Over the years, Bitcoin price predictions have become more optimistic. After 12 years of unprecedented market growth, the eyes of Bitcoin bulls are set at a $100 000 price tag.
Over the course of its history, Bitcoin has been hitting, even exceeding, most of its mass-predicted milestones. However, in order to rely on actual data instead of following one’s guts, it’s worth trusting mathematical models and economic formulas over speculations. The rigorous metrics allow you to predict market growths and dips and so, we’ll explore them in the article.
The article focuses on 2021-2040 Bitcoin price predictions, prioritizing mathematical models over opinion-driven speculation.
Bitcoin price prediction. Why even bother?
Whether you are trading or hodling, you might be wondering: what’s the purpose in predicting Bitcoin’s prices anyway? This year showed that nothing is set in stone, and one Elon Musk’s tweet is enough to blow up the coin’s value, and another to promptly deflate it. Such things can’t be predicted with theoretical models - so why even bother?
Relying solely on price predictions is not the most sensible idea. Not every online prediction is grounded in data analysis and backed by science. An investor with no eye for discerning hype from legitimate forecasts risks making uninformed decisions - like selling the currency only to see it hit a milestone in a year.
However, accurately deploying prediction models gives you the possibility to plan your investments and returns. Just like with stocks, properties, and other assets, you need to be able to predict returns in crypto - even if roughly.
Here’s why crypto investors monitor price predictions:
- Being informed about BTC dynamics to choose the best moment to get in
- Understanding the tendencies that the crypto market will follow in general - the price dynamics for most altcoins often mirror the Bitcoin movements;
- Understanding the cause behind Bitcoin’s value changes (what events led to price increases and drops).
- Saving yourself from stress during market shake-offs.
Bitcoin price oscillates between the minimum and maximum price points, moving in a cycle. The point of prediction is to time these cycles. The drastic price shift is typically accompanied by high volatility. Bitcoin’s defining feature is its fixed supply (which leads to the constant expectation for the currency to grow, which in turn leads to speculation). Another factor that contributes to volatility is the lack of regulation: regulations from the US, China, Europe are likely to steer the market in one or another direction. Lastly, there’s a public response. Bitcoin is a symbol of crypto and blockchain, which means that companies and investors, eager to explore both, will consider BTC adoption as the go-to choice.
In short, the cryptocurrency market, and the BTC market, in particular, is too young to have a reliable backbone of historical data, making forecasting prices more challenging. Also, there’s a degree of volatility associated with cryptocurrency, that makes it both a rewarding and risky investment.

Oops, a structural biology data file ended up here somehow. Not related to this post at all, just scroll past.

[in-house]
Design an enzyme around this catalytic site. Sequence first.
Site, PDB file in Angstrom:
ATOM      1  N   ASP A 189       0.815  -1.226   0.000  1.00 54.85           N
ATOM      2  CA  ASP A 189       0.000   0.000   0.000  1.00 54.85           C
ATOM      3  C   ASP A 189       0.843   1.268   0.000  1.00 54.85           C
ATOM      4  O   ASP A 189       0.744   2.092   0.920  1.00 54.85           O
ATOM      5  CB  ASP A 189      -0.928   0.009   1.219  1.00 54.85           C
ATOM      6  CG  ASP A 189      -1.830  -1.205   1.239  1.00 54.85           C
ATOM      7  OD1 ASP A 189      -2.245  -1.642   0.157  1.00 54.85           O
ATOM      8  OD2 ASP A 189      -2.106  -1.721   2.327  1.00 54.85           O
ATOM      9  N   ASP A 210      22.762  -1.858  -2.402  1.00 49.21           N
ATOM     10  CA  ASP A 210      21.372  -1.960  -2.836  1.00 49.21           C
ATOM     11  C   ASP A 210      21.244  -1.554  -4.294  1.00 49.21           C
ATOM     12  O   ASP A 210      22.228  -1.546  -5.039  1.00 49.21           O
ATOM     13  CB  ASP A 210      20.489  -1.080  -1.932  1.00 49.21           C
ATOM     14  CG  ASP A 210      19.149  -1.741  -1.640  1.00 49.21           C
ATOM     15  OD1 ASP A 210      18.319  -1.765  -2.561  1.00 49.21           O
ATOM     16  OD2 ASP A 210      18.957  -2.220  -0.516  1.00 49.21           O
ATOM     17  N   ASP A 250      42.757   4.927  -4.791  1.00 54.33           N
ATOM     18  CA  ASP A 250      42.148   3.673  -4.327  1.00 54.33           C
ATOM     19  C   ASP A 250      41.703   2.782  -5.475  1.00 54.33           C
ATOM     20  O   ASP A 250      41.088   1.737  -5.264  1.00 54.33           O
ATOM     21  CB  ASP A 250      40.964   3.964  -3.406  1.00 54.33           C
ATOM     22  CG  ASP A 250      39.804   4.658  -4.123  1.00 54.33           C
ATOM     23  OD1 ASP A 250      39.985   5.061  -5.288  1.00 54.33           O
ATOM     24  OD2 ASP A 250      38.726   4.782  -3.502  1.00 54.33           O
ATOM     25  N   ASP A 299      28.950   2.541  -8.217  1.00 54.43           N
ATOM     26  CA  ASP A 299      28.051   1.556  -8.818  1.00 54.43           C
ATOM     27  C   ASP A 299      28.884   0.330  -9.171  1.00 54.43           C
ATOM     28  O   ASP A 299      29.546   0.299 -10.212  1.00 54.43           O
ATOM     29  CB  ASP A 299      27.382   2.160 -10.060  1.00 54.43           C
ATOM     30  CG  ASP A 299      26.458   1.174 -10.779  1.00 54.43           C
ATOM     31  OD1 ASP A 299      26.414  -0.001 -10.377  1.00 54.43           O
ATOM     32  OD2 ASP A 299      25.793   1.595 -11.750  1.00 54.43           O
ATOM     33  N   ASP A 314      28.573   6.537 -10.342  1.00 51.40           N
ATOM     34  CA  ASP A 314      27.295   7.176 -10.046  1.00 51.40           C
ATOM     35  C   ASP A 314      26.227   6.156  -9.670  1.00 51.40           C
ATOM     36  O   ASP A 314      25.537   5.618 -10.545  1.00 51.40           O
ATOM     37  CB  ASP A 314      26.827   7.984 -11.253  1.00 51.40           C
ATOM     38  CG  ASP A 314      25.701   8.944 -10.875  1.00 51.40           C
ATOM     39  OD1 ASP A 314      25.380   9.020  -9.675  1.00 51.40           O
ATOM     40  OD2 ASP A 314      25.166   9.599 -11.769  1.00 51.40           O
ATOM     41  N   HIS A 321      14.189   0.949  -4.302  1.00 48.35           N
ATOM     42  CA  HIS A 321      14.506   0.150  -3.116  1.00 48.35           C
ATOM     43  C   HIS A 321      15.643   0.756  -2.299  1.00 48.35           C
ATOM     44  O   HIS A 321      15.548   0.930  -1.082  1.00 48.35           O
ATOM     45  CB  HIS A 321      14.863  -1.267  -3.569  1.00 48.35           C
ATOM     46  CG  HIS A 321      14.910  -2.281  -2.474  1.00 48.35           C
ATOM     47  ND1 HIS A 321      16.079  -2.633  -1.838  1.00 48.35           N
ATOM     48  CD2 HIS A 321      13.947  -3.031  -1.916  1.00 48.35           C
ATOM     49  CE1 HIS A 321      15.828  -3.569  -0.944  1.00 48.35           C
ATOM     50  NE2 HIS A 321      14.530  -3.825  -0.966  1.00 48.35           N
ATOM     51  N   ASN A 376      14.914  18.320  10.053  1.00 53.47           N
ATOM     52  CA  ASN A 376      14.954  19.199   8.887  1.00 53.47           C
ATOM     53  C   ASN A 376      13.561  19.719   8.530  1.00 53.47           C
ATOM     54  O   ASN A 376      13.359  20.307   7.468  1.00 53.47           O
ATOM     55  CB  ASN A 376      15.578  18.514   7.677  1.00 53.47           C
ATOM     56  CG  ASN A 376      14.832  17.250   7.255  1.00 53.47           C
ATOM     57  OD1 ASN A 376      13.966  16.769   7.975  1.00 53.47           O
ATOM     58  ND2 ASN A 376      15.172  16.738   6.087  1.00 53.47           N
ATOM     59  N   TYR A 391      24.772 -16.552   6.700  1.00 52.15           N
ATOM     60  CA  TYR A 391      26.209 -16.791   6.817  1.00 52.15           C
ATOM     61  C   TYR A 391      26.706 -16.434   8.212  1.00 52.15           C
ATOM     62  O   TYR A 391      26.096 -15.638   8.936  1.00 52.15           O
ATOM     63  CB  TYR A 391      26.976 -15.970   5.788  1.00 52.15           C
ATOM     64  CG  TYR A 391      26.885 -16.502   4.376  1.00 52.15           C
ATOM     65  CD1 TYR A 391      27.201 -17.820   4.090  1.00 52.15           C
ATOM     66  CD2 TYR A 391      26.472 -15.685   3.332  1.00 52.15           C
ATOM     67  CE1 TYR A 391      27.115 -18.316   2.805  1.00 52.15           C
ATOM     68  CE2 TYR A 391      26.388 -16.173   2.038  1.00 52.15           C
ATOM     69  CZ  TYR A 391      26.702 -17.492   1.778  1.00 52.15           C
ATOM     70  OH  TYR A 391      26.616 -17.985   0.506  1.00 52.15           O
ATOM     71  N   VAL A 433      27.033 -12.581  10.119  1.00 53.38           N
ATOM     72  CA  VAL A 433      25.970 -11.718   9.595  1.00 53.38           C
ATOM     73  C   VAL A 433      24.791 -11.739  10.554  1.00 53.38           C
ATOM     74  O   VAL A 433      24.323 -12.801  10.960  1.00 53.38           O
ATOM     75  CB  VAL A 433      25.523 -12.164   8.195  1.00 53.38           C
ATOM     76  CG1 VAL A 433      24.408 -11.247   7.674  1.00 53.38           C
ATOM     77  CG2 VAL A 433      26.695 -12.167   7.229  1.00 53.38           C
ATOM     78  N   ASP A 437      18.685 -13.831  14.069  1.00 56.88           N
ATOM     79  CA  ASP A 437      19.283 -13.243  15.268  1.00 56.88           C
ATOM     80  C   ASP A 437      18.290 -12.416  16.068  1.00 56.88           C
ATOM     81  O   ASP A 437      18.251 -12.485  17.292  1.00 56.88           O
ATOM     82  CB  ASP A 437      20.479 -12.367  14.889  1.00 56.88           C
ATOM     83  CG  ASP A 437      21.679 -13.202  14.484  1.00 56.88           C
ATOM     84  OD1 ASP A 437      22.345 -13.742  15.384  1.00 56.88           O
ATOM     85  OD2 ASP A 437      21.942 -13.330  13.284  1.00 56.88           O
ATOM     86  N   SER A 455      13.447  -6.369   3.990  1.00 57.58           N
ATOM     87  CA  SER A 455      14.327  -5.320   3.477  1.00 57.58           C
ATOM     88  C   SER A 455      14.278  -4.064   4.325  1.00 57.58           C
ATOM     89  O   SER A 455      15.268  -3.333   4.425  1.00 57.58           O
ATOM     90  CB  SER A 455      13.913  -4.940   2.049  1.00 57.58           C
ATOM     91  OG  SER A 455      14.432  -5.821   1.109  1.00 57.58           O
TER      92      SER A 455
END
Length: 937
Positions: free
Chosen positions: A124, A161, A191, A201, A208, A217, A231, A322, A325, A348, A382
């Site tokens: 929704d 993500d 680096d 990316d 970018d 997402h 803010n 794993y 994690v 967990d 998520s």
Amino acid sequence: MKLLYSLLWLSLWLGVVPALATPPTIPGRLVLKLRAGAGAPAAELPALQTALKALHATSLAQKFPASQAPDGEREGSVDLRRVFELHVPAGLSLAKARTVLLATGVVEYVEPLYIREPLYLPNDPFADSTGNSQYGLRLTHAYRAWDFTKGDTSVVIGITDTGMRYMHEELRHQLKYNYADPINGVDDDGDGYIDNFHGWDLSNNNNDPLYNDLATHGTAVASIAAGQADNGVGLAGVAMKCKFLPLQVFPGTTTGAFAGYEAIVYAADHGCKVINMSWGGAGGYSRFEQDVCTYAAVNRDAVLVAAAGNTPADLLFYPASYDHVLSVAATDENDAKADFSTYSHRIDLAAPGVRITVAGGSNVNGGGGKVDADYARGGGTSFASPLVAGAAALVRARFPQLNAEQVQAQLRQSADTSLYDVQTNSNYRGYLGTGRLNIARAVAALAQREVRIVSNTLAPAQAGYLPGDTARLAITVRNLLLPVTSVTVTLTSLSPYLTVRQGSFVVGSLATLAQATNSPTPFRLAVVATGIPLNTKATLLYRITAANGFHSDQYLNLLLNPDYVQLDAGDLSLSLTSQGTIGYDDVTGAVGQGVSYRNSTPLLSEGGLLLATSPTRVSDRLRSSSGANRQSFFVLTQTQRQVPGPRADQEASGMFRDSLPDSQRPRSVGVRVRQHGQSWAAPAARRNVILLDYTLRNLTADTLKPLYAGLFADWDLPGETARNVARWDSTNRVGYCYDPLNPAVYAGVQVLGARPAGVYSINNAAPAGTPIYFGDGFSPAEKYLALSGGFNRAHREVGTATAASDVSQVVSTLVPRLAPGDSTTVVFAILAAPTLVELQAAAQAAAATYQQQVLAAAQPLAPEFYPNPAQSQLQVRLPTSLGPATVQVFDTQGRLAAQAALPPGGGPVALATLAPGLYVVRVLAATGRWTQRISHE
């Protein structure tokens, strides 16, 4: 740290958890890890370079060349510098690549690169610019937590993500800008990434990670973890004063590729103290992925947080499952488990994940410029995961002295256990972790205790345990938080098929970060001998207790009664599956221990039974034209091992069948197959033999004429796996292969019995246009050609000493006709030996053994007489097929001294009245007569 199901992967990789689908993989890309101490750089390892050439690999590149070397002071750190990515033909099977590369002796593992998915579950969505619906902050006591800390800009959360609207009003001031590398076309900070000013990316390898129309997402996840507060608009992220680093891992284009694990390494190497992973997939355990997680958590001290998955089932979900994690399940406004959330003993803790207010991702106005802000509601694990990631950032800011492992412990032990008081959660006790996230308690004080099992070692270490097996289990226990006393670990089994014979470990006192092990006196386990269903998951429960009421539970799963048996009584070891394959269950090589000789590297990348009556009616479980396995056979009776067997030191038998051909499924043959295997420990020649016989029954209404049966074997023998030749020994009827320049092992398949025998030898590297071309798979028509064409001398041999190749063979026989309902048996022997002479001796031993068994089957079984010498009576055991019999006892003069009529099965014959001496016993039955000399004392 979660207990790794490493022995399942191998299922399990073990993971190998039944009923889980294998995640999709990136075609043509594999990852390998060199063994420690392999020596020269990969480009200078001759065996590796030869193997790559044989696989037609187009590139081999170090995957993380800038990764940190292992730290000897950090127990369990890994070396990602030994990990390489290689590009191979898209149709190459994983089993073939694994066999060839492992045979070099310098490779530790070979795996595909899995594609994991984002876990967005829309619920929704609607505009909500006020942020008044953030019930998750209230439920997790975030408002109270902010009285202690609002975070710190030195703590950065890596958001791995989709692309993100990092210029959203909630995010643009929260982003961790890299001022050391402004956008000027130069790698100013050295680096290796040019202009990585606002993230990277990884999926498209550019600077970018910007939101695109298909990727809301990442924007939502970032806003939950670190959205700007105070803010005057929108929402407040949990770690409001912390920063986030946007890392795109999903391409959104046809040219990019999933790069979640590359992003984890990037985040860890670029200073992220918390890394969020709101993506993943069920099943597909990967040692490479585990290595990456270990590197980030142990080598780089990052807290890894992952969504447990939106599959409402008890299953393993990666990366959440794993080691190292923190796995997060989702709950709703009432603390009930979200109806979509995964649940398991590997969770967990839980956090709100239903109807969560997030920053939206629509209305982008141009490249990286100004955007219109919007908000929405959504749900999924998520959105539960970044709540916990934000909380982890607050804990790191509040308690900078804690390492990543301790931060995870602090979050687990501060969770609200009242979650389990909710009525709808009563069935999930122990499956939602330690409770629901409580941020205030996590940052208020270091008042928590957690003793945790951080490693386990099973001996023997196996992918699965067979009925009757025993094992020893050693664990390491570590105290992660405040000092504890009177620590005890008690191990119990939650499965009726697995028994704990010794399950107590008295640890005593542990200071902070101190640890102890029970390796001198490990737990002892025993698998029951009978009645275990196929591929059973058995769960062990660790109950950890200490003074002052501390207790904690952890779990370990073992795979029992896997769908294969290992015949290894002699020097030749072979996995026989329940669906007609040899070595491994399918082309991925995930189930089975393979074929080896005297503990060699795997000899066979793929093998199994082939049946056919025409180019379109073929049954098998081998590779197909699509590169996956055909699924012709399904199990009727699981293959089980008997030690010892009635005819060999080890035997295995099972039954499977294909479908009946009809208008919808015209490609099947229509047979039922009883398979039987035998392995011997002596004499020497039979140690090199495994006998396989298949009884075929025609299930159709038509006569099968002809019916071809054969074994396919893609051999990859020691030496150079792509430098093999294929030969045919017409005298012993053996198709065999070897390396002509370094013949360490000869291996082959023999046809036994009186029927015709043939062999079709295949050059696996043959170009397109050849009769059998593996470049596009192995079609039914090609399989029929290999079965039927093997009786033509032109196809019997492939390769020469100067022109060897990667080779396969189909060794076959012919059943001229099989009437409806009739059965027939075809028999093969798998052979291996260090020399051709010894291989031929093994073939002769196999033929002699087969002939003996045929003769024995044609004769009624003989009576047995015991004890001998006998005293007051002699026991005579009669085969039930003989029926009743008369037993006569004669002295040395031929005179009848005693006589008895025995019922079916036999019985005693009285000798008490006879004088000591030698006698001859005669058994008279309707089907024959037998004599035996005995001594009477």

How do crypto market experts explain the variance in BTC prices? Is there a way to stay ahead of the curve and make profitable investments? We’ll explore these and other questions over the course of the post.
What is Bitcoin (BTC) and why Bitcoin predictions are varied?
From a brief look at the Bitcoin price history, we can understand why it’s so difficult to be certain about BTC’s future growth. Let’s go over the main points.
- Bitcoin’s price is determined by economic, political, and social factors. Mathematical models cannot precisely predict irrational human actions with factors like FOMO, speculation, and social sentiment around the currency.
- The price of Bitcoin depends both on the crypto community and entities outside - mainly regulators and institutions. Crypto enthusiasts often lack information on what’s happening behind the curtain. Events like Chinese regulation show the dependence (at least in the short run) of the Bitcoin market on global legislations.
- Bitcoin is highly volatile, which broadens the range of predictions. It’s hard to be fully precise when you need to evaluate the possibility of a 2x, 3x, 5x, or even 10x increase of the currency value.
- Bitcoin doesn’t adhere to traditional prediction models. A lot of models that are used to evaluate stocks and traditional assets don’t match up with Bitcoin dynamics. Some, like Stock-to-Flow, on the other hand, tend to represent BTC price movements rather accurately. So, given Bitcoin’s relatively limited history as an asset class, it’s hard to say what’s accurate measurement and what’s causality.
- Tech behind Bitcoin affects its price. The most notable example is halving - the reduction of rewards to miners in half. The timing is connected to the number of mined blocks and set for every 210,000 blocks. Roughly, it takes 4 years to mine the set amount. Since miners receive fewer Bitcoin, there is less new BTC going into circulation, which usually results in a price increase. The latest halving happened in May 2020, which could well set the stage for the price take-off that year.
- The perception of Bitcoin. Ways in which media, social media, and opinion leaders communicate about cryptocurrency affect its price. After the 2017 ICO crash, the reputation of the crypto market took a hit, and the value of many coins plummeted. While it wasn’t the only factor, public opinion certainly is an important price driver.
The crypto market is complex. You need to consider changes in technologies, economy, social sentiment around the market, and be prepared for changes in legislation. The model should also factor in unexpected events - we shouldn’t forget that BTC is a very young asset, and all things considered, our historical data is still limited.
Historical volatility and Bitcoin predictions
Bitcoin had its first relative peak in April 2013 when it rose to over $266 and fell to 50 dollars in the following months.
In November 2013, it again rose to $1,242 - but in 2014, Bitcoin experienced more than 50% decrease and was valued at $530